We must remember that councillors are elected after standing the hurly-burly of election in municipal affairs, just as have Members of Parliament, and one of the things which they have to meet at election times is always the charge of extravagance. They are, therefore, very chary in putting up the rates, and I venture to say that as a result of the different changes that will come into operation when the next valuation list has been prepared, and if the result works out that there seems likely to be an increase in the rates, the councillors, whether they are Members of town councils, or district councils, 1444 will, in self-protection, go through their expenditure afresh, and leave no stone unturned to reduce the expenditure, in order that they may not have to go before the electors and say that they are responsible for an increase in the rates. On these grounds, therefore, I am very strongly in favour of passing this Clause, and I hope the House will pass it.
It only remains for me to say a few words upon some of the suggestions that have been made in this Debate. With regard to the valuation of special properties, I think if the hon. Member who raised that point will read the Report of the Departmental Committee, he will see that they went into the question pretty carefully, and explained that those special properties which are not valued in the ordinary way, but which are valued on their profits, have not the same claim to relief as other properties. Moreover under a special system of valuation, if they are given this relief, it would actually work out, I am told, in some cases, that the relief would be so great that the rateable value would turn out to be a minus quantity. I think, therefore, we shall be right in adopting the advice given to us by the Departmental Committee, and in saying that there might be the danger that if relief was given to these properties the tenant's capital would be unduly increased. The Committee say:If, however, it should be decided that our proposals do not go far enough and that total relief should be granted, it would then, in our opinion, he necessary to make specific provision upon the point.That provision is found in the last paragraph of Clause 24.
We have had two other alternative views, contradictory views, expressed as to the proper course to pursue in regard to the rating of machinery. One view is expressed by the right hon. Gentleman opposite, who wants to disrate all machinery, and not merely machinery that may be called machinery provided by the tenant. I think that is going too far. There is machinery which, in its natural course of events, would be provided by the landlord, and not by the tenant. There is machinery which is in the nature of a structure. There is plant which is not machinery, but which is composed partly of machinery and partly of brick work or stone work. 1445 There are a good many items which I think would more properly be considered as part of the hereditament than as part of the machinery which is movable, which can be taken away, and which can be fitted into another building, however constructed. There may be a difference of opinion as to exactly on which side of the border line a particular piece of plant can be placed, and it is to provide for that that a Committee is to be set up under this Clause of the Bill. To sweep machinery out of rating altogether is a thing that I could not recommend the House to adopt, and it is one recommended by the right hon. and gallant Member for Neweastle-under-Lyme (Colonel Wedgwood) because, whatever the subject on which he speaks, he seeks to bring forward one particular proposal.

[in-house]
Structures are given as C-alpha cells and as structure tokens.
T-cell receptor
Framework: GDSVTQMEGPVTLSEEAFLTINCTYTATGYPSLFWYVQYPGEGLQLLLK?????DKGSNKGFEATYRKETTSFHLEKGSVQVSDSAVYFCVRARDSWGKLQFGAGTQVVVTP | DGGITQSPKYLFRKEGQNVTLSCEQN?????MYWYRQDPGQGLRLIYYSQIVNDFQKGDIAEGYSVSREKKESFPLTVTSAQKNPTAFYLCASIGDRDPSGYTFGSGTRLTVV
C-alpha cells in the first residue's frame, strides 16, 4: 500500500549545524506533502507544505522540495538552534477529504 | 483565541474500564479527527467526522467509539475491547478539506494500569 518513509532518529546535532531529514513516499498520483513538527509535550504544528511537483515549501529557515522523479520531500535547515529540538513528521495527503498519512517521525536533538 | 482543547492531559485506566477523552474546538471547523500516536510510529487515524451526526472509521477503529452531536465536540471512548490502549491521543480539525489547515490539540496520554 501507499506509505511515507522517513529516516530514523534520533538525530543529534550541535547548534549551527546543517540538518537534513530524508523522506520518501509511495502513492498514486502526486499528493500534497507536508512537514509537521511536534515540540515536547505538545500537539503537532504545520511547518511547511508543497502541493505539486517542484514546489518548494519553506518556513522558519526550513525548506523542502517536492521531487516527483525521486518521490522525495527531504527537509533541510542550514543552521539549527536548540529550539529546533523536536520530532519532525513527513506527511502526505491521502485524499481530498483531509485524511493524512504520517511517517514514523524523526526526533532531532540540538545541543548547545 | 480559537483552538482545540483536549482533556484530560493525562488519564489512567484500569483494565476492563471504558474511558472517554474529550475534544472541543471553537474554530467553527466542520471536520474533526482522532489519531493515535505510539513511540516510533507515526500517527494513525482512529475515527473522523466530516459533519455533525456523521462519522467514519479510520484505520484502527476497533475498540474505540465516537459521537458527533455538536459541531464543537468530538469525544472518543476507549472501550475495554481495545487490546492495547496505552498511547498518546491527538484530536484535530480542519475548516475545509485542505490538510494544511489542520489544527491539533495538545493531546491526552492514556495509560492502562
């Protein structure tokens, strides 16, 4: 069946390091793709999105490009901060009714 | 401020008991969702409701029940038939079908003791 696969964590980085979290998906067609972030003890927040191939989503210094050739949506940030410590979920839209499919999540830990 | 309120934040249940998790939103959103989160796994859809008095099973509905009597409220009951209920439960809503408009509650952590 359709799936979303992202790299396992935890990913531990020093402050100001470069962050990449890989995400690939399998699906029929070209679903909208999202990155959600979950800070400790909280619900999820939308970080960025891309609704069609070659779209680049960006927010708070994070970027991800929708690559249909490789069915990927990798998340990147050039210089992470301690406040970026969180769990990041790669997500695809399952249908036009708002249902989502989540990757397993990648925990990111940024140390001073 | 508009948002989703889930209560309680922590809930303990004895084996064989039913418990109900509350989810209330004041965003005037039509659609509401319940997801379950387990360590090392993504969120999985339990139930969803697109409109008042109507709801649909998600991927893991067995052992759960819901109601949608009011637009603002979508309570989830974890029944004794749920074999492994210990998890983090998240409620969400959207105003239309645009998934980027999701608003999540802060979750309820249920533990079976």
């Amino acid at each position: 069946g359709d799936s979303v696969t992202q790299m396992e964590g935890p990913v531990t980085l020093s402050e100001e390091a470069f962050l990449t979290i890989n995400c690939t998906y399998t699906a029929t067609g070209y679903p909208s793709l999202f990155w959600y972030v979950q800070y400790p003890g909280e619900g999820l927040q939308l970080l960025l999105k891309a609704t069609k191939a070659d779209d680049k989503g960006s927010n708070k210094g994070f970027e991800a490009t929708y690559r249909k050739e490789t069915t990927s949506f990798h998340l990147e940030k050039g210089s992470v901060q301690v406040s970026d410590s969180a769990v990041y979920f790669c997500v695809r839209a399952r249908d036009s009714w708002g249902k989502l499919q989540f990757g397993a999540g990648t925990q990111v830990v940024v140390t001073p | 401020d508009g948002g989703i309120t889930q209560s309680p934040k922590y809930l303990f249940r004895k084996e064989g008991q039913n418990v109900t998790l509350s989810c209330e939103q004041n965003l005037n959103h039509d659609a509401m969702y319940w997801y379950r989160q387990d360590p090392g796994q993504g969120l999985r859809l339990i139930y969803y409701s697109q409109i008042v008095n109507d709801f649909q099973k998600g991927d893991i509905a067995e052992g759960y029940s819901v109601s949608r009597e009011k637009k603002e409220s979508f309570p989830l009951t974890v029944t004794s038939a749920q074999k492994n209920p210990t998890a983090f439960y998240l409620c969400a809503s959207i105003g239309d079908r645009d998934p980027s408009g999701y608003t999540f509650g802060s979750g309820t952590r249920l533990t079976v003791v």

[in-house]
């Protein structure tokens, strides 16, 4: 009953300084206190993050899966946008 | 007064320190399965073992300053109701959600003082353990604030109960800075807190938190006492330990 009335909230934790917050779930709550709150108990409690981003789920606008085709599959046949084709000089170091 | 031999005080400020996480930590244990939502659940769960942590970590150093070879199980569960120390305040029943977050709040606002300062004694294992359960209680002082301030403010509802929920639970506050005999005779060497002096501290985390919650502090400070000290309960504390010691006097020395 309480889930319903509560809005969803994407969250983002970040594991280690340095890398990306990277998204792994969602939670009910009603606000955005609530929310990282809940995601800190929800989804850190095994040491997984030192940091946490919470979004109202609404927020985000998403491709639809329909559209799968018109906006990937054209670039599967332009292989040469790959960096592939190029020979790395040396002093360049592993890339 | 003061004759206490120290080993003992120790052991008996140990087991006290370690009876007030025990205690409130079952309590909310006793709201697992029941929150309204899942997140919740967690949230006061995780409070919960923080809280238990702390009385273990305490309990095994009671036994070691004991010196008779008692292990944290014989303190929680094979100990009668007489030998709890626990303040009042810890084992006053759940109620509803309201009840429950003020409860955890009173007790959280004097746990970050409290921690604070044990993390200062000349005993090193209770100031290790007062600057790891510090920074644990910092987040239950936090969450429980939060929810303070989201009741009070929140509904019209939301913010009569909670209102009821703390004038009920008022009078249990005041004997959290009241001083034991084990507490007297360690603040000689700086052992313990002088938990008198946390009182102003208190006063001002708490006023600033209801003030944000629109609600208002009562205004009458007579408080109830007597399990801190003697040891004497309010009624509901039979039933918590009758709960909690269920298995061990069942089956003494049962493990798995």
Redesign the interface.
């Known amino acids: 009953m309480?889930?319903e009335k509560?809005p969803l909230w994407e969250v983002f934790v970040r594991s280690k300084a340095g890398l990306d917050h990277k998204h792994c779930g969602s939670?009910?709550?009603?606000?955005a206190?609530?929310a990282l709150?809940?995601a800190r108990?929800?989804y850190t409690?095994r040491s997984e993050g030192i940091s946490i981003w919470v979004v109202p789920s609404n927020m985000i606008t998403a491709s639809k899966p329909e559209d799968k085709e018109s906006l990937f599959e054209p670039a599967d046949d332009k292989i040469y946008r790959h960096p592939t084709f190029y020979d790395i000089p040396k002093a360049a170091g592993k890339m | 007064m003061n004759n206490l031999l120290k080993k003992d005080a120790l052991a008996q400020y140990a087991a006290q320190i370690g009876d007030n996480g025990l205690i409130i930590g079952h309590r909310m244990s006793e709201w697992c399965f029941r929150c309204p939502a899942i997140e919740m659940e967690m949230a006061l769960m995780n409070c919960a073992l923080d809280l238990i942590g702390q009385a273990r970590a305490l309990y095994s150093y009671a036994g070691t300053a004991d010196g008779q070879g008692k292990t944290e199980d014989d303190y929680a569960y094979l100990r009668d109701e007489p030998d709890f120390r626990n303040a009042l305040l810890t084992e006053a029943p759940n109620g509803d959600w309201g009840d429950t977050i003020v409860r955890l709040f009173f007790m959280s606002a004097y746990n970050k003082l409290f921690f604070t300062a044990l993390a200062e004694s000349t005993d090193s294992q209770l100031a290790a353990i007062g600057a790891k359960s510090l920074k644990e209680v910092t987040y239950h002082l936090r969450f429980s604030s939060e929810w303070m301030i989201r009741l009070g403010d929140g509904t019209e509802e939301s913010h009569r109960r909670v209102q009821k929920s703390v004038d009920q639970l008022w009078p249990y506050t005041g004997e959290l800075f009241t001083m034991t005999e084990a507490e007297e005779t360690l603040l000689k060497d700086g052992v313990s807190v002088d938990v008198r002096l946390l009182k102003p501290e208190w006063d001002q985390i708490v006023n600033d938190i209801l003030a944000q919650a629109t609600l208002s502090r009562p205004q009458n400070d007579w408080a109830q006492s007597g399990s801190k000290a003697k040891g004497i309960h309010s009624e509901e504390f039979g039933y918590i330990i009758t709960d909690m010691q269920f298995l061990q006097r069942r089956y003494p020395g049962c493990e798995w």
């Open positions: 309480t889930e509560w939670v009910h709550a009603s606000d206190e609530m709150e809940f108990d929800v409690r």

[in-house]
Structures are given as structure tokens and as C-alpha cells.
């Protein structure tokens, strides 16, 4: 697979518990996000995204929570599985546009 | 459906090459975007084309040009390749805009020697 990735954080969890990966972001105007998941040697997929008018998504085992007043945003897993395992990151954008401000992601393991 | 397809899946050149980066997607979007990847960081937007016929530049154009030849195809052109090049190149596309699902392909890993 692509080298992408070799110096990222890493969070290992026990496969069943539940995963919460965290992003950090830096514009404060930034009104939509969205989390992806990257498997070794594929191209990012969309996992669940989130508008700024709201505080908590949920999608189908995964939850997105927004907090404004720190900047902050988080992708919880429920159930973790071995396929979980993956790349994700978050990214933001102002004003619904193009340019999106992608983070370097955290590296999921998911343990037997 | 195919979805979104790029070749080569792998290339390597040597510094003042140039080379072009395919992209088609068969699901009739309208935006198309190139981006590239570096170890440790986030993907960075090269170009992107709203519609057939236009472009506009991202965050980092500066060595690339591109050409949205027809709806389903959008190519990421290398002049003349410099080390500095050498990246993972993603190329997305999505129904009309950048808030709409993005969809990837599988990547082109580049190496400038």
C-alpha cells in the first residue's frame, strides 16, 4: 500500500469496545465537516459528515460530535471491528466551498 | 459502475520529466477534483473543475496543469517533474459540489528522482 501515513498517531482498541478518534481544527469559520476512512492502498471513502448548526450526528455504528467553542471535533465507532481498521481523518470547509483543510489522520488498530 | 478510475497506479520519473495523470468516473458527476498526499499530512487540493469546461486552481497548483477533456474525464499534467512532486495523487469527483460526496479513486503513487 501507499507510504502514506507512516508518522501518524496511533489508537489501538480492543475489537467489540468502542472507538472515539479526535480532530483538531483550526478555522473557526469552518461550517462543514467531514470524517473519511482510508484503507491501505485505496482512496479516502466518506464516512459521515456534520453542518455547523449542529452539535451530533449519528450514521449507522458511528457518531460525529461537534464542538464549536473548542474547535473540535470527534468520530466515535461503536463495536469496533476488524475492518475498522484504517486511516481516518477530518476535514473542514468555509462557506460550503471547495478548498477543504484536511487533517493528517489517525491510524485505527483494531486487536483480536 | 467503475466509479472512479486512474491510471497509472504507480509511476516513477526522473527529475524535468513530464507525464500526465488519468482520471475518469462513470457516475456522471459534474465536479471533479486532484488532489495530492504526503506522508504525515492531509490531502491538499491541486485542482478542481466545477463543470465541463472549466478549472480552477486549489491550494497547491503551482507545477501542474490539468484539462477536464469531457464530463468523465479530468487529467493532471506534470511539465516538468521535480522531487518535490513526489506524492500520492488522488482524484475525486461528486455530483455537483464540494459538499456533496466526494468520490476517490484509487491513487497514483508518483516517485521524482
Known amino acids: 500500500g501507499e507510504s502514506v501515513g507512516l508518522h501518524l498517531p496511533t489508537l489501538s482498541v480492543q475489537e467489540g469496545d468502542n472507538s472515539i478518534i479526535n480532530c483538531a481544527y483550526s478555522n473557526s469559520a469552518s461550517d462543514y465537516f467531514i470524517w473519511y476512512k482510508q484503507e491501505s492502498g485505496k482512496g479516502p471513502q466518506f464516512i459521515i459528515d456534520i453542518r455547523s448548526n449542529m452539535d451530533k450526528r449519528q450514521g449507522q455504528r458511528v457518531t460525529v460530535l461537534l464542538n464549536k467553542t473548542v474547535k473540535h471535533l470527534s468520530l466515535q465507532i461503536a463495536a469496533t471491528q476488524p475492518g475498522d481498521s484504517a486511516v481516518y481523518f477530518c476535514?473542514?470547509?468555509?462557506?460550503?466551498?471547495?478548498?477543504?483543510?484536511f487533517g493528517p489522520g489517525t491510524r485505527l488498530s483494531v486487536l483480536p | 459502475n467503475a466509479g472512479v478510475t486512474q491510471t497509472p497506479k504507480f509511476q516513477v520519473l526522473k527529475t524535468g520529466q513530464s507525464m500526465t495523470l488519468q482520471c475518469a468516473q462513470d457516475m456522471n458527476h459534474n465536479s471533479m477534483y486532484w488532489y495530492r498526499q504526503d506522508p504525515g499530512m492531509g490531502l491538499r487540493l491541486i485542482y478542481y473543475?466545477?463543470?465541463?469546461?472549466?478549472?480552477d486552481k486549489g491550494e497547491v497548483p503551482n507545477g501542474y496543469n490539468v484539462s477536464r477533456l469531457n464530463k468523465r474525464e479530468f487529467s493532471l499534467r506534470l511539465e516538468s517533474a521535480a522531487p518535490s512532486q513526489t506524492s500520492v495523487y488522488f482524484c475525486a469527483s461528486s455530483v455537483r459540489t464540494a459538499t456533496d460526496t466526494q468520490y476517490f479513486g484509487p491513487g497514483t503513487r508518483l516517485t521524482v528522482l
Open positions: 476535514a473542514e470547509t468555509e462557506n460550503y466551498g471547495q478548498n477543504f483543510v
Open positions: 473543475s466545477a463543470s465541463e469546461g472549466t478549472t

§ 6.0 P.M.
§ Colonel WEDGWOOD
May I ask the right hon. Gentleman whether all the arguments which He was adducing in favour of unrating some machinery, because it would help to reduce unemployment, were arguments seriously intended or not, because if they were seriously intended how can he fail to apply them in a logical manner?
§ Mr. CHAMBERLAIN
I am certain that any arguments which I use on any subject will appeal to the right hon. Gentleman in favour of his particular plan. I wish to consider for a moment the suggestion made by the hon. Member for Cambridge (Sir D. Newton), who desires to return to the proposal which was recommended by the Committee itself, which is very similar to the one which I have adopted, but which would rate process machinery and then make a rebate of 75 per cent. upon the valuation. To my mind that is making the worst of both worlds. It does not preserve the principle that machinery of the kind which we have been discussing ought to be free of all rating altogether, and it does involve the whole process of valuation. It involves further all the friction and irritation caused not only in having machinery valued, but also by the appeals which people might think it necessary to make against the valuation of this or that particular piece of machinery. You go to all this trouble, and all that you will get would be 25 per cent. of the rate. It does not seem to 1446 me that the game would be worth the candle. That is the reason why I reject that particular proposal which the Committee made. It seems to me, from the report of the Committee themselves, that they felt that it was really the first step towards what they thought should be the method of dealing with the matter, and therefore, I adopt the more drastic but simpler proposals contained in the Bill, and I hope that the House will not only pass the Clause, but pass it in substantially the form in which it stands in the Bill.
§ Mr. JAMES HUDSON